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Trump Would Threaten to Cut Off Mexico Funds to Pay for Border Wall

  • Ken Bredemeier

Two people walk towards metal bars marking the United States border where it meets the Pacific Ocean, March 2, 2016, in Tijuana, Mexico. Mexico's President Enrique Pena Nieto has said his country does not intend to pay.

Two people walk towards metal bars marking the United States border where it meets the Pacific Ocean, March 2, 2016, in Tijuana, Mexico. Mexico's President Enrique Pena Nieto has said his country does not intend to pay.

Donald Trump, the front-runner for the U.S. Republican presidential nomination, said Tuesday he would force Mexico to pay for a border wall to block the stream of illegal immigrants into the United States by threatening to cut off billions of dollars that Mexicans already in the U.S. send home to family members.

But later in the day, President Barack Obama denounced the idea, saying that world leaders "don't expect half-baked notions coming out of the White House."

Obama said that hobbling the Mexican economy by cutting off remittances from Mexicans who work in the U.S. to families in their homeland could lead to even more attempts by immigrants to try to flee to the United States. He said Trump's idea was "primarily put forward for political consumption."

Trump's call for a massive, impenetrable wall along the southern U.S. border with Mexico has been a cornerstone of his unexpected surge to the top of the Republican nomination contest, routinely drawing cheers at his campaign rallies from his supporters who want to curb illegal immigration into the country.

Remittances targeted

His critics have often scoffed at his idea and Trump had provided few clues about how he would pay for what he says would be an $8 billion, 1,600-kilometer wall. But in a two-page memo he sent to The Washington Post, the billionaire real estate mogul said that if he is elected president he would threaten to change a rule under a U.S. anti-terrorism law to cut off the remittances sent home by Mexican immigrants in the U.S., many of whom crossed the border illegally.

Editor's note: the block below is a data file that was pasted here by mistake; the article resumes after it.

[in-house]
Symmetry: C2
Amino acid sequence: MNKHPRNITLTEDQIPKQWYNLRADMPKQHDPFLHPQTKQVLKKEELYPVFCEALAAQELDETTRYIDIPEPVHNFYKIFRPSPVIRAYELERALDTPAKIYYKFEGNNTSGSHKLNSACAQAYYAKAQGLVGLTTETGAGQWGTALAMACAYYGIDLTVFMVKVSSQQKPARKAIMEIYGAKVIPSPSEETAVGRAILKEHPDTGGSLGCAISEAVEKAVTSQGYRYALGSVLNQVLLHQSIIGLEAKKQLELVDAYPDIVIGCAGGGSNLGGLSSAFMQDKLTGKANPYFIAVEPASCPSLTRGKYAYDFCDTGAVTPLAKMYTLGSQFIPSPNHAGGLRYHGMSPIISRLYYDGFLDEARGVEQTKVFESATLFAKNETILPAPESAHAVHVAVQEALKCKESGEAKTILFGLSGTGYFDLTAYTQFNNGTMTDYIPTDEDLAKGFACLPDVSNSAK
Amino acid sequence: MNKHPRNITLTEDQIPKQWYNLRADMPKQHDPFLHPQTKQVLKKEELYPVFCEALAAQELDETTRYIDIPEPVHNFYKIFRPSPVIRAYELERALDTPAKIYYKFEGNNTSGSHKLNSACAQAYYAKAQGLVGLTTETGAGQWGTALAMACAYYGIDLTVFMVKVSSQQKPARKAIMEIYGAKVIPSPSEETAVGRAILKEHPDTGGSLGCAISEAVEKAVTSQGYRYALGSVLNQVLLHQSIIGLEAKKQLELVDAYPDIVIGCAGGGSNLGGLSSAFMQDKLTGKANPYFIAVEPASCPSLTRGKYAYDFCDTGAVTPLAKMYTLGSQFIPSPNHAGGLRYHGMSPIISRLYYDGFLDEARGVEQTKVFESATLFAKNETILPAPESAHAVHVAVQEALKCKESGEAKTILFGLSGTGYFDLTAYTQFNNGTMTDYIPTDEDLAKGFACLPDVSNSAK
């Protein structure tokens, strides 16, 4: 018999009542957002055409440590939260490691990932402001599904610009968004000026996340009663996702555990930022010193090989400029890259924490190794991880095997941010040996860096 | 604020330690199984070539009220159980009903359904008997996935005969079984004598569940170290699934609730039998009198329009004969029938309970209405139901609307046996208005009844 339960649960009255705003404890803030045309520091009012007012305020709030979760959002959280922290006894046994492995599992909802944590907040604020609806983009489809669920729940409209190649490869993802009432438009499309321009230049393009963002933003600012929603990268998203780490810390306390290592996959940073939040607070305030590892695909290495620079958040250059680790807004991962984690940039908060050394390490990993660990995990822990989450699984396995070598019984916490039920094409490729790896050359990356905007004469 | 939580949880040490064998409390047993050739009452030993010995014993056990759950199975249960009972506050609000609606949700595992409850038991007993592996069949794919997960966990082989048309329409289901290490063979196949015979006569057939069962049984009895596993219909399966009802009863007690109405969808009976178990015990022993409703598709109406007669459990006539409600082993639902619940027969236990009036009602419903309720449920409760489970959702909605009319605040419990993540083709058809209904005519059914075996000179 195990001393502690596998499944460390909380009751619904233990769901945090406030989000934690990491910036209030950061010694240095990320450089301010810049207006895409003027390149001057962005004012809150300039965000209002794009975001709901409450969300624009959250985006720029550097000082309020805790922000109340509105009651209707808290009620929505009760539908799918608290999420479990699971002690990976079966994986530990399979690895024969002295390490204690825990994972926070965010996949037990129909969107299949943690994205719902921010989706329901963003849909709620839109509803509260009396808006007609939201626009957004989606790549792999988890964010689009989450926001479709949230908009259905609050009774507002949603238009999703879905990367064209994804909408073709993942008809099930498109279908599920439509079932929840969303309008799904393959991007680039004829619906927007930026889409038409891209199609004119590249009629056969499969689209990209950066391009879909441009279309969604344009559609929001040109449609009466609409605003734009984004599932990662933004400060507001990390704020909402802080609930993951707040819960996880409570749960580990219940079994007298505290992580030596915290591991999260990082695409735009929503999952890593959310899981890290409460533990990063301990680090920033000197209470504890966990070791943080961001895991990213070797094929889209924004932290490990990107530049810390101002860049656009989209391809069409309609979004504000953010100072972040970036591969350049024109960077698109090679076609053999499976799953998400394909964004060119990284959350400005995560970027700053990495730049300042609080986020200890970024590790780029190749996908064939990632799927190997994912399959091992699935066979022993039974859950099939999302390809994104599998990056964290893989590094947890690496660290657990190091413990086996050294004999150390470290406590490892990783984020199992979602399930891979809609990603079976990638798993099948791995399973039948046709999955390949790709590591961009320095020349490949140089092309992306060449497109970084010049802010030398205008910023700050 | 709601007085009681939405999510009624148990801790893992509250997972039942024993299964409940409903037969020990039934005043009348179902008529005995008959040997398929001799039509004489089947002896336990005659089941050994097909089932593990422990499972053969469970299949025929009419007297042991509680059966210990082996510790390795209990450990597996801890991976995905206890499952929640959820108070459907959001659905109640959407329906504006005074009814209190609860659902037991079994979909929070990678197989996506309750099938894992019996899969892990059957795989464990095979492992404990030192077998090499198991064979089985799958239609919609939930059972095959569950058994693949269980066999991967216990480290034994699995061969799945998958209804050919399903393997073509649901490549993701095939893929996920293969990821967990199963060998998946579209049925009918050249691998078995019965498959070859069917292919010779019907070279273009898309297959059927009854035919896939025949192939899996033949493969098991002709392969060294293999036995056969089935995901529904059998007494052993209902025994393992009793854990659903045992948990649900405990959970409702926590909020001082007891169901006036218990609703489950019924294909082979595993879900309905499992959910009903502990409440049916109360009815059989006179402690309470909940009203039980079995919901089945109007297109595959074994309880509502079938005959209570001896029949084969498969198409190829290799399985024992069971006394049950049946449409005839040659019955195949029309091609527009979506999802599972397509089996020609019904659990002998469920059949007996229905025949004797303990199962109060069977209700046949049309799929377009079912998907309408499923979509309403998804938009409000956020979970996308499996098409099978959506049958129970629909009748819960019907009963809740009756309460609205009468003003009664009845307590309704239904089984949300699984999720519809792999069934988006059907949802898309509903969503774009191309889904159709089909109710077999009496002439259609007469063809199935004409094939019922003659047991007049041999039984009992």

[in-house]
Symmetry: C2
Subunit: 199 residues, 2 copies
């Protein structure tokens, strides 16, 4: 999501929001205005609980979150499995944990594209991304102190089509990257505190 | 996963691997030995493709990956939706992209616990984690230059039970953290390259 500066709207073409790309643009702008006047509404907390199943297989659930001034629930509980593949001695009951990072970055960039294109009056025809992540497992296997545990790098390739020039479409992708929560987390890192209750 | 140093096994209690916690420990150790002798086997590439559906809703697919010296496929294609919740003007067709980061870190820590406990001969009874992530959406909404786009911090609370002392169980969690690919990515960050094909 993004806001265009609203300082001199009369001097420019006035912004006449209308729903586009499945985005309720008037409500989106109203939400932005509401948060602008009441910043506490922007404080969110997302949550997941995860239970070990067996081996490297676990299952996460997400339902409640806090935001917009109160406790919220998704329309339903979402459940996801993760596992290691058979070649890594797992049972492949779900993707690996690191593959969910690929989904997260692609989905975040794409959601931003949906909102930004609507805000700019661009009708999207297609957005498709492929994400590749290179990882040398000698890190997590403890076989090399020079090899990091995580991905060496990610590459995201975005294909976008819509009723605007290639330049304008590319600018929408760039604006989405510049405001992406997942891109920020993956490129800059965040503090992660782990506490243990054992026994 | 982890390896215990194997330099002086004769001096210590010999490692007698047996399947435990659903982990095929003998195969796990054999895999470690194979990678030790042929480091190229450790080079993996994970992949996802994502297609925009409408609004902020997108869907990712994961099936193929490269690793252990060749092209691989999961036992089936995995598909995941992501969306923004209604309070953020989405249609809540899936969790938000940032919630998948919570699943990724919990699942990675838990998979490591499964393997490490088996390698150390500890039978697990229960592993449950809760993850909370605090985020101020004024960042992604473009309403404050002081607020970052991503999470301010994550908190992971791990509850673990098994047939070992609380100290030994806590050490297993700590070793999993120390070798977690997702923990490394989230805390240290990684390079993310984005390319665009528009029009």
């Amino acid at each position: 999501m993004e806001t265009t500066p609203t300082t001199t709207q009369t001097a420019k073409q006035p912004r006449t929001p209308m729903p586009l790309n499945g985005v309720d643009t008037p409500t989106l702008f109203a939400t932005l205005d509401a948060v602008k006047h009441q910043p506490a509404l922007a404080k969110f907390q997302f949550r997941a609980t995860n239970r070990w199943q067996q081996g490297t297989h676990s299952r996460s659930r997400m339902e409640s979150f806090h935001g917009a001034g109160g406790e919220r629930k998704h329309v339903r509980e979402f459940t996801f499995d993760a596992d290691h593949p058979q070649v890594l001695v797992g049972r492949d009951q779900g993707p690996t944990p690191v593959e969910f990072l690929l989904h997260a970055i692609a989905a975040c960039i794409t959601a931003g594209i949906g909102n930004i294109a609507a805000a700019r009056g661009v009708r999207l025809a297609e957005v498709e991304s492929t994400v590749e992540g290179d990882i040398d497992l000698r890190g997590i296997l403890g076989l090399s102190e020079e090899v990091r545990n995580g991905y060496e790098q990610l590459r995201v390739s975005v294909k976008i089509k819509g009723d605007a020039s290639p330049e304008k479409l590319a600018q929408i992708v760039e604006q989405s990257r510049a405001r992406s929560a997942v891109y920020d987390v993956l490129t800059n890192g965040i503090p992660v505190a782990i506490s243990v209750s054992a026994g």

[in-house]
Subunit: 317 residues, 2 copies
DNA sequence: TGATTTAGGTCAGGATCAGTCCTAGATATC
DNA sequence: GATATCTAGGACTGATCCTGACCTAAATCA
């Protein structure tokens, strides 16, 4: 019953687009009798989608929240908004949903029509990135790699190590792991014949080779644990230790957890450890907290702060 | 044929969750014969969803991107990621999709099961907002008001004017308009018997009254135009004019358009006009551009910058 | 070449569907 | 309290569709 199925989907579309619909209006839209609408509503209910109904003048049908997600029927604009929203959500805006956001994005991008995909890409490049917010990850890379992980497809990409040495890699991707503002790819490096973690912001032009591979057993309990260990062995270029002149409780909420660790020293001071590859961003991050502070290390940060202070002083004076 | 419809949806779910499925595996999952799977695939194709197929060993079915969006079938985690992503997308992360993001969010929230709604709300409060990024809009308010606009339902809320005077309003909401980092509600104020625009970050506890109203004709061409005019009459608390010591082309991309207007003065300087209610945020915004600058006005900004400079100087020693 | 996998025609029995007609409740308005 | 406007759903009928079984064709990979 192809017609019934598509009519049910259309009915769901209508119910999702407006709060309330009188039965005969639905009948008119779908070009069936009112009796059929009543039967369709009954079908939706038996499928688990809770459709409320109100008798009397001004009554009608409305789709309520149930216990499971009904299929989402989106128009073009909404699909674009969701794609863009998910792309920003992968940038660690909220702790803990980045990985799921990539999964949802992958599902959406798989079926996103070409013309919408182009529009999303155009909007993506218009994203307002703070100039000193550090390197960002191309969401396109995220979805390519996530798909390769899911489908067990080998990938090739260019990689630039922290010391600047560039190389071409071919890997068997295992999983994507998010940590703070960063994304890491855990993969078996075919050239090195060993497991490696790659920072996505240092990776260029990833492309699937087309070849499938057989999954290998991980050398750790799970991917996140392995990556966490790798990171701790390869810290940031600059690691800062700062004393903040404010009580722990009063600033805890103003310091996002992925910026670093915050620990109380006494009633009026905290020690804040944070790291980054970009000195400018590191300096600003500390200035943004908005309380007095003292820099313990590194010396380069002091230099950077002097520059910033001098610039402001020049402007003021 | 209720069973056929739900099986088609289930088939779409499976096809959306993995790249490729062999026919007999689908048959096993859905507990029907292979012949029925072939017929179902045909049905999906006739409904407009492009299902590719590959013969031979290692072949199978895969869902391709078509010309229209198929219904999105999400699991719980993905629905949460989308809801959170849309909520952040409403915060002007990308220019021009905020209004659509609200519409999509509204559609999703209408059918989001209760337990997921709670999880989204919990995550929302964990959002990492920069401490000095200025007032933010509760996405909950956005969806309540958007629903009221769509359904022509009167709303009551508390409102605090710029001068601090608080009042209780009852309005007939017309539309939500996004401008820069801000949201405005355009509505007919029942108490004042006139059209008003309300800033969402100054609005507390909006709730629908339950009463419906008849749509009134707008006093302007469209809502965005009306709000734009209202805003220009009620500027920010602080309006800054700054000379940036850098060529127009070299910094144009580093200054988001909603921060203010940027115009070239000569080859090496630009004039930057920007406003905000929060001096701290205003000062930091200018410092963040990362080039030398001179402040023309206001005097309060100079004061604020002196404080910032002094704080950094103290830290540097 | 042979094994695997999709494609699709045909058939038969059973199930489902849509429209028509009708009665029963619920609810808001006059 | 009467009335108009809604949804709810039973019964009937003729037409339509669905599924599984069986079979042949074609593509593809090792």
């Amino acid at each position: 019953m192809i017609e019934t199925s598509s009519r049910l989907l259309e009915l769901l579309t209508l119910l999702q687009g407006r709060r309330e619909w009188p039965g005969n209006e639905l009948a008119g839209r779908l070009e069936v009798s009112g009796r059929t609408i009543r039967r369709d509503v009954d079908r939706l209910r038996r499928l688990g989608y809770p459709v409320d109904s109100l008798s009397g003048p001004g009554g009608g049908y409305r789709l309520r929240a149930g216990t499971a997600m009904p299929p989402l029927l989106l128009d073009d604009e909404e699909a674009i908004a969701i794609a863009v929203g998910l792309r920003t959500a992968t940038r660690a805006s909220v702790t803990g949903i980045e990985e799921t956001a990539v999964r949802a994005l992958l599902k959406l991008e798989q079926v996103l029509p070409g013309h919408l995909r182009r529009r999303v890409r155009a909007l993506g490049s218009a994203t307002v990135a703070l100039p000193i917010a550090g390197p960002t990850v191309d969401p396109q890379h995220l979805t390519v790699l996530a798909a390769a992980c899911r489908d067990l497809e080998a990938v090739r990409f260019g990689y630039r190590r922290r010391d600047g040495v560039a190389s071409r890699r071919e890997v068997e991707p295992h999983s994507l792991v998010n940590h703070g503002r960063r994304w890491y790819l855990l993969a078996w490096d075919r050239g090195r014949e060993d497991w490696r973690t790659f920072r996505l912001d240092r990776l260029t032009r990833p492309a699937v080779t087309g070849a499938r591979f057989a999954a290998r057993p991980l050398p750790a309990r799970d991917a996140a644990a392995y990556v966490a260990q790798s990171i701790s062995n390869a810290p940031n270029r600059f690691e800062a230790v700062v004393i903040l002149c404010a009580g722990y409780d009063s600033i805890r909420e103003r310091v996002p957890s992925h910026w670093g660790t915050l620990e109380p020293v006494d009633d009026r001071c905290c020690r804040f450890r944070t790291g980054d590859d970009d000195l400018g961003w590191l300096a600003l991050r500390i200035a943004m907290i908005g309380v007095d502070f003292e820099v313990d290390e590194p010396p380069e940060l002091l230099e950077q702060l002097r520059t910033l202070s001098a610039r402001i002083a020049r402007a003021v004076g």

FILE - In this June 1, 2011 photo, indigenous Mexican farm workers cut weeds in a cabbage field near King City, Calif. Many of the farm workers live in nearby Greenfield, where their large presence has caused tensions among the more established residents, many o

FILE - In this June 1, 2011 photo, indigenous Mexican farm workers cut weeds in a cabbage field near King City, Calif. Many of the farm workers live in nearby Greenfield, where their large presence has caused tensions among the more established residents, many o

There are about 11 million undocumented immigrants living in the U.S., about half of them Mexicans, and millions more Mexicans live in the U.S. legally or have become U.S. citizens.

Mexicans living abroad, not just in the U.S., annually send about $25 billion home to relatives and friends. Trump said "the majority of that amount comes from illegal aliens."

Some analysts say that withdrawing a large portion of the amount sent home could devastate the weak economy in Mexico, a staunch ally of the United States.

But Trump said he would withdraw the threat if Mexico made "a one-time payment" of $5 billion to $10 billion to pay for the wall.

Mexico will not pay

Mexico's President Enrique Pena Nieto has said his country has no intention of paying for Trump's prospective wall, a position echoed by former Mexican officials.

Part of the border fence near Naco, Arizona, is seen in this Sept. 16, 2015 file photo.

Part of the border fence near Naco, Arizona, is seen in this Sept. 16, 2015 file photo.

While Trump is most associated with his build-a-wall proposal, his chief rival for the Republican presidential nomination, Texas Senator Ted Cruz, says his first priority for immigration reform would be to secure the U.S.-Mexican border.

Cruz, a conservative firebrand, says he would complete a partially constructed barrier that already exists and triple the number of U.S. border agents.

The border proposals come at the time when government officials say there is no net flow of illegal immigrants into the U.S., with as many entering illegally as there are returning to Mexico and Central American countries to the south. The overall number of Mexicans living illegally in the U.S. has dropped in recent years, down about a million since 2007.

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